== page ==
You may be able to use a cash machine, which will usually mean you can get your money at any time of the day or night.
There are arrangements with banks and building societies so that you can collect cash from some of their accounts at your Post Office® branch.
The Post Office® also provides a bank account that we can pay benefits into. With this account you can only collect your money in cash from Post Office® branches.
The other advantages of having your money paid into an account are:
- you can get your money from many different places
- from some accounts you could have regular bills paid. This could save you money but you will need to make sure that there is enough money in your account to pay the bills. If not, you may be charged a fee
- using an account may help you save.
The account can be:
- in your name, or
- in the name of your partner. We use partner to mean a person you are married to or a person you live with as if you were married to them, or a civil partner or a person you live with as if you are civil partners, or
- in the names of both yourself and your partner, or
- in the name of the person acting on your behalf, or
- in the names of both yourself and the person acting on your behalf.
Benefit is paid either every 4 weeks, every 13 weeks or every week.
If you have a bank or building society account but you do not wish to use it, for example a joint account, any bank or building society will help you open an account that suits you better. Remember to ask whether their accounts allow you to get your money from the Post Office®, if this is important to you.
Basic bank account
If you have had problems opening a current account, or if you are worried about being overdrawn, you could ask any bank or building society about opening a basic bank account.
These are sometimes called introductory or starter accounts and are available from all major banks.
These accounts offer free banking but overdrafts are not available.
You can use these accounts to pay money in, pay bills automatically and get cash out.
Many basic bank accounts also allow you to get cash from Post Offices®.
If your circumstances change
- you stop or start working
- or your earnings alter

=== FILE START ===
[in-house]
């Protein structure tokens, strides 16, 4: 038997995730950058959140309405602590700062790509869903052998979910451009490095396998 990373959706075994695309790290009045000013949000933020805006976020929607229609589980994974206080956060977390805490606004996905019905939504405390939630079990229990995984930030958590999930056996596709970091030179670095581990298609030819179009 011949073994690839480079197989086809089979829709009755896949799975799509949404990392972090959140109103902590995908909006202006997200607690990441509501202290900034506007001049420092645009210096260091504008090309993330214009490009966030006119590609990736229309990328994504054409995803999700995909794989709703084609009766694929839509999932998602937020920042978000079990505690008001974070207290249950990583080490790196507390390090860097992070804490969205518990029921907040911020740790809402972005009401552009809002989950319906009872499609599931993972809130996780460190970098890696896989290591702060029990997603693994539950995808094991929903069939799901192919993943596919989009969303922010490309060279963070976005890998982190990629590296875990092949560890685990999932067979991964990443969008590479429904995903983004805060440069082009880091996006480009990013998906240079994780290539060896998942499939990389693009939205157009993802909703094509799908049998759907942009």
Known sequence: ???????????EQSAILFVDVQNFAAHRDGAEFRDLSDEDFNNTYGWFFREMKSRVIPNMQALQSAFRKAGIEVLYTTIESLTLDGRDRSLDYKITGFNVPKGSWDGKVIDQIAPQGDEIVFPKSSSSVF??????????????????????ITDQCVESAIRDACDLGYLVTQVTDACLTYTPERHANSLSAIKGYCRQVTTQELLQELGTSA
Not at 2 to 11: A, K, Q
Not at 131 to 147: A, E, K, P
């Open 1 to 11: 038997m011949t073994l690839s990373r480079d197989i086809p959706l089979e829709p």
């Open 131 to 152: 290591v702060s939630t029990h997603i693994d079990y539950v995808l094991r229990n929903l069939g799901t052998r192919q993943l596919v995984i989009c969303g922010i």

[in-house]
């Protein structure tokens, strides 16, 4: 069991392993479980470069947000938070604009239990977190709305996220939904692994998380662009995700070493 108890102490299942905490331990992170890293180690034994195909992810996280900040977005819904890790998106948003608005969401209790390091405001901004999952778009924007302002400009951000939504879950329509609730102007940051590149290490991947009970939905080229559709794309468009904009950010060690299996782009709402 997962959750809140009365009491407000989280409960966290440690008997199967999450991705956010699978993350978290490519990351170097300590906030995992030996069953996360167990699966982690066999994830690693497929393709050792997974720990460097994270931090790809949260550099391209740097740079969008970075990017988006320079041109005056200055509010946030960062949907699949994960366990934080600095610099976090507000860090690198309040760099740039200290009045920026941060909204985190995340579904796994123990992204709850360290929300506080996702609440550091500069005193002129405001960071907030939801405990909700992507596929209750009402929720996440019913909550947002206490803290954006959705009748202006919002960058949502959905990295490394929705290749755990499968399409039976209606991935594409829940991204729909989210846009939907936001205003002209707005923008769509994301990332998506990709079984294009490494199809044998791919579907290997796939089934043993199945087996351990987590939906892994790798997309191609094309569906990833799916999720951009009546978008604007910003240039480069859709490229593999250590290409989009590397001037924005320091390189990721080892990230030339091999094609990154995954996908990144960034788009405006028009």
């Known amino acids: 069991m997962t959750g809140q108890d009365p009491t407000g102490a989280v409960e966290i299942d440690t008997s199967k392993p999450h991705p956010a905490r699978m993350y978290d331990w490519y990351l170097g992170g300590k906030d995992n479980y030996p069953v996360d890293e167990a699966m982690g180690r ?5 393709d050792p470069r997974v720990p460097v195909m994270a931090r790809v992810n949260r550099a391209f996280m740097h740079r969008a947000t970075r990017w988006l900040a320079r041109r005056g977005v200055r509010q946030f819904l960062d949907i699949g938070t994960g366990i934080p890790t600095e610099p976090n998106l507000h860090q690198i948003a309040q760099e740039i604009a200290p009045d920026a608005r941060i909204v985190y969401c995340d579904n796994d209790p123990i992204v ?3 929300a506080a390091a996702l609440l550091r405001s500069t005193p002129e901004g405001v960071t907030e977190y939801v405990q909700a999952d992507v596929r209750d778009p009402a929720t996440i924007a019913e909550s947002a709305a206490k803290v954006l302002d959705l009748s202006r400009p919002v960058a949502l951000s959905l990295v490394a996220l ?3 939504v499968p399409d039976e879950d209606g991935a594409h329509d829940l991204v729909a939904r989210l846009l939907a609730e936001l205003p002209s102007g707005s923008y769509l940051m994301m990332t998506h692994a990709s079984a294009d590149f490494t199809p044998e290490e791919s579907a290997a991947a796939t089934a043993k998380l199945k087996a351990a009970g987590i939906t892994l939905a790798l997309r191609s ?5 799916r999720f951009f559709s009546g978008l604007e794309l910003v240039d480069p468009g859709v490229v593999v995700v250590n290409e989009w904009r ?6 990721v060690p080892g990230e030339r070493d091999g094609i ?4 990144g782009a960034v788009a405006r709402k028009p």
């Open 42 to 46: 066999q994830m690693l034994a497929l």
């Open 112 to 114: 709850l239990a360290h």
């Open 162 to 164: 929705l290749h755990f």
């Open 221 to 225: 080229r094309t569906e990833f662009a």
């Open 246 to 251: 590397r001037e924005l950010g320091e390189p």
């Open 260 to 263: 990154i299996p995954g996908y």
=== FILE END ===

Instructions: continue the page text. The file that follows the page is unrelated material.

- or you change occupation
- or you are over pension age and stop working an average of ten hours a week
- or you stop or start getting Incapacity Benefit
you must tell your Regional Industrial Injuries Disablement Centre straight away, as your award may be affected.
You must also tell your Regional Industrial Injuries Disablement Centre straight away if:
- you marry, remarry or form a civil partnership and change your name
- you change your address
- you leave the country
- you go into prison.
If you leave the country
If you go abroad to a country where there is no reciprocal arrangement and the European Union (EU) regulations do not apply, REA can be paid for the first 3 months abroad if:
- your stay is temporary
- your stay is not for business purposes in any way
- the claim for REA was made before you went abroad.
To qualify for REA when you return to the UK, you must have had title to REA throughout your stay even if REA is not paid during part of the absence. If title to REA is not maintained you may not be able to receive REA again.
If you go to prison
If you are imprisoned you cannot get REA. You must tell your Regional Industrial Injuries Disablement Benefit Centre when you are admitted and when you are released. [Legislation (89)]
If you die
If you die, someone should let us know straight away.
Effects of REA on other benefits
Your REA does not affect any other National Insurance benefits such as:
- Employment and Support Allowance
- Employment and Support Allowance (contribution-based)
- Contribution-based Jobseeker’s Allowance
- Retirement Pension.
But REA may affect income-related benefits you or your partner receive such as:
- Income Support
- Employment and Support Allowance (income-related)
- Income-based Jobseeker’s Allowance
- Pension Credit
- Housing Benefit
- Working Tax Credit
- Child Tax Credit
- Universal Credit.
Note: You will have to contact your local authority to confirm if any reduction you or your partner receive in your council tax bill is affected.